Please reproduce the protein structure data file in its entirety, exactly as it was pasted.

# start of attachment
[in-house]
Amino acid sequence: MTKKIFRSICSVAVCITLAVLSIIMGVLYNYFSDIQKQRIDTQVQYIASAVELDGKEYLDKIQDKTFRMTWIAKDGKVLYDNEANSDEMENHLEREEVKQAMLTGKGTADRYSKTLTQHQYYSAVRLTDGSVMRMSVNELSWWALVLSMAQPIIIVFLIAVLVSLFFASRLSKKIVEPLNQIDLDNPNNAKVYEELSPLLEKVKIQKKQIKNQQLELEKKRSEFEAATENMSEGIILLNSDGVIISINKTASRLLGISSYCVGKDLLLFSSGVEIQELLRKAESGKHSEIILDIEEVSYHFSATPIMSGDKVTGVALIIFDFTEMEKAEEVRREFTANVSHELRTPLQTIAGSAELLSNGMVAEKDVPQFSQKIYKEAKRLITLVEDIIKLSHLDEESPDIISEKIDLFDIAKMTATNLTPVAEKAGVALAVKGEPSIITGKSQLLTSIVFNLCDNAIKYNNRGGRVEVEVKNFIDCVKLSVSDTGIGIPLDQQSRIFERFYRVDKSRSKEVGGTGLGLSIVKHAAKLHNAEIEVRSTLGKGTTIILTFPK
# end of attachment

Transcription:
[in-house]
Amino acid sequence: MTKKIFRSICSVAVCITLAVLSIIMGVLYNYFSDIQKQRIDTQVQYIASAVELDGKEYLDKIQDKTFRMTWIAKDGKVLYDNEANSDEMENHLEREEVKQAMLTGKGTADRYSKTLTQHQYYSAVRLTDGSVMRMSVNELSWWALVLSMAQPIIIVFLIAVLVSLFFASRLSKKIVEPLNQIDLDNPNNAKVYEELSPLLEKVKIQKKQIKNQQLELEKKRSEFEAATENMSEGIILLNSDGVIISINKTASRLLGISSYCVGKDLLLFSSGVEIQELLRKAESGKHSEIILDIEEVSYHFSATPIMSGDKVTGVALIIFDFTEMEKAEEVRREFTANVSHELRTPLQTIAGSAELLSNGMVAEKDVPQFSQKIYKEAKRLITLVEDIIKLSHLDEESPDIISEKIDLFDIAKMTATNLTPVAEKAGVALAVKGEPSIITGKSQLLTSIVFNLCDNAIKYNNRGGRVEVEVKNFIDCVKLSVSDTGIGIPLDQQSRIFERFYRVDKSRSKEVGGTGLGLSIVKHAAKLHNAEIEVRSTLGKGTTIILTFPK